A vast amount of transport data is being generated in Cambridge thanks to a series of sensors on buses in the region, Ely News reported last week.
The City Deal’s Smart Cambridge project has data on around 1,000 buses in the city, showing where they have been every 30 seconds for more than a year.
“It is monitoring 20 areas around the region, telling us in real-time what the journey times are across those zones,” explained Dr Ian Lewis, director of infrastructure investment at Cambridge University.
This data is likely to form the basis of a new ‘real-time’ travel app, due to launch in 2017, which will plot the exact location of buses and provide other information about congested roads.
Work is also under way to improve the real-time information displays at bus stops in and around Cambridge by using the GPS trackers on buses.
Meanwhile, Bluetooth technology will be used to count traffic and monitor congestion, and sensors will capture data on air quality, Cambridge News said.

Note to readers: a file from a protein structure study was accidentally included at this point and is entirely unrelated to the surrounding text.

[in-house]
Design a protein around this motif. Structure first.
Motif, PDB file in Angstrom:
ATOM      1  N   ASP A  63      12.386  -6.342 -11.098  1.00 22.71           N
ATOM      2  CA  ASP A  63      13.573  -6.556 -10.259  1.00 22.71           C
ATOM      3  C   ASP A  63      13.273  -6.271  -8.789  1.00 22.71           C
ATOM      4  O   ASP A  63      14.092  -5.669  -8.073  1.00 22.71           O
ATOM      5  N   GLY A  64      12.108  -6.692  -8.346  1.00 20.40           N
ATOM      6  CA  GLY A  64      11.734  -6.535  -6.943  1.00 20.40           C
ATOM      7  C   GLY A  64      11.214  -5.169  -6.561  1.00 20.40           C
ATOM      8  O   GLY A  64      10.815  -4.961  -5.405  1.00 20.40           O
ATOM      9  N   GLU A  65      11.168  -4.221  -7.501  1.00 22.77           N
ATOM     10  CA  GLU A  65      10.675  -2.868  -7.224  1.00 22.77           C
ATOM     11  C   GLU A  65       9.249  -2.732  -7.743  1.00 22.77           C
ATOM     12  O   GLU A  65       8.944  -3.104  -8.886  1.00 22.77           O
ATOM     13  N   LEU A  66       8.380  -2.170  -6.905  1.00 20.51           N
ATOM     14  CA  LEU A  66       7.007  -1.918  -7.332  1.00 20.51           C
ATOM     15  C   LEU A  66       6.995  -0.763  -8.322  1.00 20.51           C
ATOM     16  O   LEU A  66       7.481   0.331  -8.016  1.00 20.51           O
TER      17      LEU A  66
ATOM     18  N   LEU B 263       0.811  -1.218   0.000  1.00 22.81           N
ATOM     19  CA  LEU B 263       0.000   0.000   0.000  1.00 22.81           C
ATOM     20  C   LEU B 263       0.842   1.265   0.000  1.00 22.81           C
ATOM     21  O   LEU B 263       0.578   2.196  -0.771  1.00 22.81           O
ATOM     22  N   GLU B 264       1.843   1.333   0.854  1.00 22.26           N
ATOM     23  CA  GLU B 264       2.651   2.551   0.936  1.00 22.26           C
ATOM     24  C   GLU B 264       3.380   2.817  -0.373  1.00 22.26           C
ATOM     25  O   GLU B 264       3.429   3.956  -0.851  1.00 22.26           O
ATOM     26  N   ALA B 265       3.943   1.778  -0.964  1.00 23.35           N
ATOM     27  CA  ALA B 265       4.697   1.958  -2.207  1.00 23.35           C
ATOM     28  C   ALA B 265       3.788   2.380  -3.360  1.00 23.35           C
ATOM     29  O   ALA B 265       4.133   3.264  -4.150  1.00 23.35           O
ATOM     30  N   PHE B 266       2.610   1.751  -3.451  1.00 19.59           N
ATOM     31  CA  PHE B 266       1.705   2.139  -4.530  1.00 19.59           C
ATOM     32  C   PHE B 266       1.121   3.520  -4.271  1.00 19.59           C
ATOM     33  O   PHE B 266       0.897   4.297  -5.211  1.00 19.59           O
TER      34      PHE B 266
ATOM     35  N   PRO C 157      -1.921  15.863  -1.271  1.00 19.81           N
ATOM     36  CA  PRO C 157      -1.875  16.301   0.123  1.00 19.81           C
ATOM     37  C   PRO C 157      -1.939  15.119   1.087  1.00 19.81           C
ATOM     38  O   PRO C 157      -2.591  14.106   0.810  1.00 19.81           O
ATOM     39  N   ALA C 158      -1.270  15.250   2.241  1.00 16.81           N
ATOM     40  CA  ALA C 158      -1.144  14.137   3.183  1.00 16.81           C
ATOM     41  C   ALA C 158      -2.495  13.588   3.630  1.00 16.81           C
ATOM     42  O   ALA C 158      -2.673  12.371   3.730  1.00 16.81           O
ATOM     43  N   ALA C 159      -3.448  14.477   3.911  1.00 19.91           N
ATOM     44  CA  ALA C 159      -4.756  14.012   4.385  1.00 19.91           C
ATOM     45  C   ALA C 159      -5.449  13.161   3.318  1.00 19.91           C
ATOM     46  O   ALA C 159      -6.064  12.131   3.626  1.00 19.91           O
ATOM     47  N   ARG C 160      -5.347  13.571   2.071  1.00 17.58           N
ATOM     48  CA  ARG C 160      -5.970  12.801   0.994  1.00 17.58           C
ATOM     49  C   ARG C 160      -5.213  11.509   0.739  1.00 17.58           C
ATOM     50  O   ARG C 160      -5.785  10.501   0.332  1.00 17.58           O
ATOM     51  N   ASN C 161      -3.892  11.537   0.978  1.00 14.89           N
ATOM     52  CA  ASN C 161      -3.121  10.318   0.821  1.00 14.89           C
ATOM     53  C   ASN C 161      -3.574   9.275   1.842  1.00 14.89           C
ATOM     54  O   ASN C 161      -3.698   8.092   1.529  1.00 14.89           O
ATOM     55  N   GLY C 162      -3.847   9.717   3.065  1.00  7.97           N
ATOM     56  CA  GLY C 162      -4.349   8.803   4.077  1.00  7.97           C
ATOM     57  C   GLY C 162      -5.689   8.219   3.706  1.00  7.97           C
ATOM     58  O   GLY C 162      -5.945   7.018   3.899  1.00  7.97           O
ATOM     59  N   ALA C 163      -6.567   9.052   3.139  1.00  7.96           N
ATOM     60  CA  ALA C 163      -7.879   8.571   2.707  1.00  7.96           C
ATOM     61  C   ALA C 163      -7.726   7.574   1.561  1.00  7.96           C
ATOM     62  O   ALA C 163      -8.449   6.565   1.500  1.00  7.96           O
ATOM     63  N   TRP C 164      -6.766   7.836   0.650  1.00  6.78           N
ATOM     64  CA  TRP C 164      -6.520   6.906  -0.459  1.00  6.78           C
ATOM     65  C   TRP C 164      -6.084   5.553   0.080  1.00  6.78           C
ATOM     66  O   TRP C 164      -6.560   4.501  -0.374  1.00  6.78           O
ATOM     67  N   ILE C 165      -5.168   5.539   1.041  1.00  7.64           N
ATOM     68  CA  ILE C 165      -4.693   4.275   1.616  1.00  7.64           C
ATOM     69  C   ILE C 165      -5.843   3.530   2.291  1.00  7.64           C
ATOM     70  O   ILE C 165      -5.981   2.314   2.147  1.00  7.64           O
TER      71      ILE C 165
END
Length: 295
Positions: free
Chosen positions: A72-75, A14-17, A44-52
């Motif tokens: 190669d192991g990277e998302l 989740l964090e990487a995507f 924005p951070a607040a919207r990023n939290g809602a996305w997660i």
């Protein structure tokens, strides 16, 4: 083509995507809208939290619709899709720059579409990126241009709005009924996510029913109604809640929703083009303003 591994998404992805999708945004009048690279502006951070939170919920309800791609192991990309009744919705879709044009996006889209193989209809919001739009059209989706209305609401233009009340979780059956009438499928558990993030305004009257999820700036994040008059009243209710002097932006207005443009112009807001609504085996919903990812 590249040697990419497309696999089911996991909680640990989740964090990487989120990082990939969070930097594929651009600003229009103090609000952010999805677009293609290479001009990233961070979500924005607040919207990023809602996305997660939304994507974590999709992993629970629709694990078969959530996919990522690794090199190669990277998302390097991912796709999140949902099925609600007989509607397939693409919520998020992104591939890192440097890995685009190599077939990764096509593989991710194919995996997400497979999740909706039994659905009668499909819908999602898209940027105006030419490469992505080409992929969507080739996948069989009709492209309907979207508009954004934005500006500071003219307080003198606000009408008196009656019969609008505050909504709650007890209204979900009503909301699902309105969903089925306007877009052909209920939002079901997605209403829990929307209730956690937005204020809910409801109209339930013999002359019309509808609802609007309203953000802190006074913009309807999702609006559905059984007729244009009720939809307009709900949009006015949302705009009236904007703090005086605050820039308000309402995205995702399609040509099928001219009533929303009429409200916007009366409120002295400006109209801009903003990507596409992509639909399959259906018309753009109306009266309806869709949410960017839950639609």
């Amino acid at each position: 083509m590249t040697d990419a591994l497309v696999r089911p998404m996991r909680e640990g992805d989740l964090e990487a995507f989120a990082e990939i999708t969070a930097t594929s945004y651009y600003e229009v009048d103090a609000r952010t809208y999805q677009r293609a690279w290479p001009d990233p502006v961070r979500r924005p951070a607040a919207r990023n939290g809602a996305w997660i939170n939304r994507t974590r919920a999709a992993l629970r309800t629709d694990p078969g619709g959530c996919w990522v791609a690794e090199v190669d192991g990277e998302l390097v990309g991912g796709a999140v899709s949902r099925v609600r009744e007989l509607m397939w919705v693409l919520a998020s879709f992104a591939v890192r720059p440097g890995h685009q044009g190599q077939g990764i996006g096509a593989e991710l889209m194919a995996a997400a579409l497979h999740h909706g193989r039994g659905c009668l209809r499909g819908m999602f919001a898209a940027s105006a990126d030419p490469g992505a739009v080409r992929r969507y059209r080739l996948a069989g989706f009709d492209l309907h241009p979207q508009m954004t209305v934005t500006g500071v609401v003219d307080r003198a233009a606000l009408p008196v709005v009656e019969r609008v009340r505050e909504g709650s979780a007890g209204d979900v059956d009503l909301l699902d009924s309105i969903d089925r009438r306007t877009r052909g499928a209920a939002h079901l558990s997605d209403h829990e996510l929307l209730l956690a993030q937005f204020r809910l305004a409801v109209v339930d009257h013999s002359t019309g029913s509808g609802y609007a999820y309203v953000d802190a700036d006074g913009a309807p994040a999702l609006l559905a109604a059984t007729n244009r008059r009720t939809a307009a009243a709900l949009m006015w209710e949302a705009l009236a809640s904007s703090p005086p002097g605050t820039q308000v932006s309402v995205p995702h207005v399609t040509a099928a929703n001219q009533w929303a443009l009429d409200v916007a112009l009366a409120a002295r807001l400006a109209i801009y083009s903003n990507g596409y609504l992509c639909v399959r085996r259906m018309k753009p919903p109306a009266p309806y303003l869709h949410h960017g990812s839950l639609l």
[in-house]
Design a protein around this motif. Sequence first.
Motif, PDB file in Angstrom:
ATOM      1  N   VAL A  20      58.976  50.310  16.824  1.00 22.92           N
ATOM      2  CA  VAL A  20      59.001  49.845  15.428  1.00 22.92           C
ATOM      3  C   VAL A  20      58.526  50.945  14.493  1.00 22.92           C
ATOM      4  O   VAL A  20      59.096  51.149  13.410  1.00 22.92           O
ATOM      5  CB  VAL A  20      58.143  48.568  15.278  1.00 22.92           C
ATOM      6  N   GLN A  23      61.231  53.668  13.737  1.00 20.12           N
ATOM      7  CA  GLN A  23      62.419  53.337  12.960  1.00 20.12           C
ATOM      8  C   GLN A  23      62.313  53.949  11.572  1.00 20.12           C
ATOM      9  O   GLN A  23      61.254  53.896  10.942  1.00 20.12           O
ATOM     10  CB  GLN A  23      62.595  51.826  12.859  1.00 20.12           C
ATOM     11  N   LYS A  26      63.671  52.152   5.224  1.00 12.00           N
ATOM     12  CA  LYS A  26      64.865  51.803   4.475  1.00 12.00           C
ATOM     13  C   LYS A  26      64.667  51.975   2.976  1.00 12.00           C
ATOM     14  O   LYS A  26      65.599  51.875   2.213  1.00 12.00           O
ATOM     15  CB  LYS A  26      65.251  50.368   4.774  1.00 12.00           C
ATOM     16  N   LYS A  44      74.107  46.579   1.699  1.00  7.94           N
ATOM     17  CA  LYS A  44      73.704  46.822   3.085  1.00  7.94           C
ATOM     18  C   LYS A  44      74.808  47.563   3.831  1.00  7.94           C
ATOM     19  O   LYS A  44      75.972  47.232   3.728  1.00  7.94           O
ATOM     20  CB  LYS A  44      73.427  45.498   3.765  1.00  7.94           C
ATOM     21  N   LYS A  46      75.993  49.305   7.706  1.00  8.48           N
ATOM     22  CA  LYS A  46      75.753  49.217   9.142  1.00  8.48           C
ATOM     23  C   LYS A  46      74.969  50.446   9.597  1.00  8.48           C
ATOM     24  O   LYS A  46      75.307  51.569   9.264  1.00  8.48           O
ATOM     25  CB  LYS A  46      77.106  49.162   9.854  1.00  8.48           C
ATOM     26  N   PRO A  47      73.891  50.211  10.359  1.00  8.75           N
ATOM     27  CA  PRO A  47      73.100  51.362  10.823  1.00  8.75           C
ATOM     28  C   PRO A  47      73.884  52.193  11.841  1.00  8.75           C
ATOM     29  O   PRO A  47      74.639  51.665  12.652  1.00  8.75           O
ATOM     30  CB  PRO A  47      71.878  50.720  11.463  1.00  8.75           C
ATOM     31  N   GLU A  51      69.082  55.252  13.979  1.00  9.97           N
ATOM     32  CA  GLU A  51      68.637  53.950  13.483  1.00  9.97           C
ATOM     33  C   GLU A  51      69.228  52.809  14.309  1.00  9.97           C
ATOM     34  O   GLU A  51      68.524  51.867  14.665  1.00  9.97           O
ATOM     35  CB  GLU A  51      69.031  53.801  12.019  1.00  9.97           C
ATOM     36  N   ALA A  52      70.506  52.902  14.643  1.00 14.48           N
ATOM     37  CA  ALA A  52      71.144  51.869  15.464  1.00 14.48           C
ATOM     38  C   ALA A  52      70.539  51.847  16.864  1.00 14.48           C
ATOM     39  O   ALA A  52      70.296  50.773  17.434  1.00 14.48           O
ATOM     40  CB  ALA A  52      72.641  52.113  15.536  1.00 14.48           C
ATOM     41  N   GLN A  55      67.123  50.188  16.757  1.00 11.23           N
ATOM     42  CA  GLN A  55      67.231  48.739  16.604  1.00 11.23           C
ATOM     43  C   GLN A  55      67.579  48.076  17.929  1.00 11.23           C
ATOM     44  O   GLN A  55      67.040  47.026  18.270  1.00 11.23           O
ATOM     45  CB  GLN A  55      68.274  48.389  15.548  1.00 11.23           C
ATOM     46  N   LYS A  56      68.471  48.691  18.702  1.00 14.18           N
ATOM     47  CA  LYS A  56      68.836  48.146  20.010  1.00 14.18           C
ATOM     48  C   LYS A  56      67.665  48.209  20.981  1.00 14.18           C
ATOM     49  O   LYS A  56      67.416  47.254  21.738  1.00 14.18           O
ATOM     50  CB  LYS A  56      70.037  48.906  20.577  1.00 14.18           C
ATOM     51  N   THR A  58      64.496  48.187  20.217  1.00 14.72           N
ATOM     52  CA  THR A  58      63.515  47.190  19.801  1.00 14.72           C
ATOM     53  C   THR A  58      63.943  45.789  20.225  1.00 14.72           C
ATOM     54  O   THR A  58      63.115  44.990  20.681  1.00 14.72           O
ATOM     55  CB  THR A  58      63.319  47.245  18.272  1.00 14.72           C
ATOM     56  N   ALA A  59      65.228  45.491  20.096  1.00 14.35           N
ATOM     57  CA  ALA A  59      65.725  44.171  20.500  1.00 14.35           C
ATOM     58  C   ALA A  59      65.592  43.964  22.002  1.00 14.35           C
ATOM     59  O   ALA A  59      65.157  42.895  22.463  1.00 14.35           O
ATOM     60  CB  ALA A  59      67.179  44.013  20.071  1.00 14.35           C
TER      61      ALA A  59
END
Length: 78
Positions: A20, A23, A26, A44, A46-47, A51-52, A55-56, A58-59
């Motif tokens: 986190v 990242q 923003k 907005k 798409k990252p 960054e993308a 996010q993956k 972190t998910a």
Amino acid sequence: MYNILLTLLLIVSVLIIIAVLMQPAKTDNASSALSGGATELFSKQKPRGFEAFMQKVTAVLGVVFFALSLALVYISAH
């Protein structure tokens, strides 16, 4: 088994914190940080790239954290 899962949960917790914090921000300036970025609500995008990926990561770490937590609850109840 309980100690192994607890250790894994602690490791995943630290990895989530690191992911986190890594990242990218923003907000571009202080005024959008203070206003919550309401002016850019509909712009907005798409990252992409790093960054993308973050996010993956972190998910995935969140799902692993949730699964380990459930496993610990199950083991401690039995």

Real-time traffic data could also, for example, be used to warn car drivers about heavy traffic or full car parks, encouraging them to use the bus instead.
The Smart Cambridge project is a collaboration between local councils and the University of Cambridge, aiming to develop smart solutions to the region’s transport problems.
City Deal board vice-chair Francis Burkitt commented: “We all agree that we can use technology to give more transport information to residents. It’s a complex and leading-edge IT project, and I’m delighted that it’s moving forward so well.
“The app next year will be very useful, as it will give bus passengers real-time information on where each bus is, and I hope that extra convenience will encourage more people to use buses.”